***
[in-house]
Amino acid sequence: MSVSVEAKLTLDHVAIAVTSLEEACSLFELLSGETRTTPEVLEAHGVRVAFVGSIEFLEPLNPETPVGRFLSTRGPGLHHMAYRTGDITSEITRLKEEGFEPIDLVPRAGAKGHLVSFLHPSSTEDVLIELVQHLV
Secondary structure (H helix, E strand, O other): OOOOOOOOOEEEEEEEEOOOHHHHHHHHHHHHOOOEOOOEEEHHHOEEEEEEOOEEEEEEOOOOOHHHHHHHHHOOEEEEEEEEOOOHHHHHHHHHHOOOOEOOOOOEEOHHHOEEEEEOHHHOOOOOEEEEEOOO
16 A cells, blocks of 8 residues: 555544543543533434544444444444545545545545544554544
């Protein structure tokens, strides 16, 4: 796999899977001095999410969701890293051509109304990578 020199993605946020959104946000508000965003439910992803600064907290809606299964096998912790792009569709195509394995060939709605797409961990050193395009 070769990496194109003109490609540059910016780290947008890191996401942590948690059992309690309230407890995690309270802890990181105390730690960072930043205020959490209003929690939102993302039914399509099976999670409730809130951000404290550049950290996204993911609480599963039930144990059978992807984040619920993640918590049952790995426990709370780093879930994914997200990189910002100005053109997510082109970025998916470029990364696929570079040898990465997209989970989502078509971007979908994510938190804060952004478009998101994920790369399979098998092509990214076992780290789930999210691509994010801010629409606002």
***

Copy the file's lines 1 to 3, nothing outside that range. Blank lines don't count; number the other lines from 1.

[in-house]
Amino acid sequence: MSVSVEAKLTLDHVAIAVTSLEEACSLFELLSGETRTTPEVLEAHGVRVAFVGSIEFLEPLNPETPVGRFLSTRGPGLHHMAYRTGDITSEITRLKEEGFEPIDLVPRAGAKGHLVSFLHPSSTEDVLIELVQHLV
Secondary structure (H helix, E strand, O other): OOOOOOOOOEEEEEEEEOOOHHHHHHHHHHHHOOOEOOOEEEHHHOEEEEEEOOEEEEEEOOOOOHHHHHHHHHOOEEEEEEEEOOOHHHHHHHHHHOOOOEOOOOOEEOHHHOEEEEEOHHHOOOOOEEEEEOOO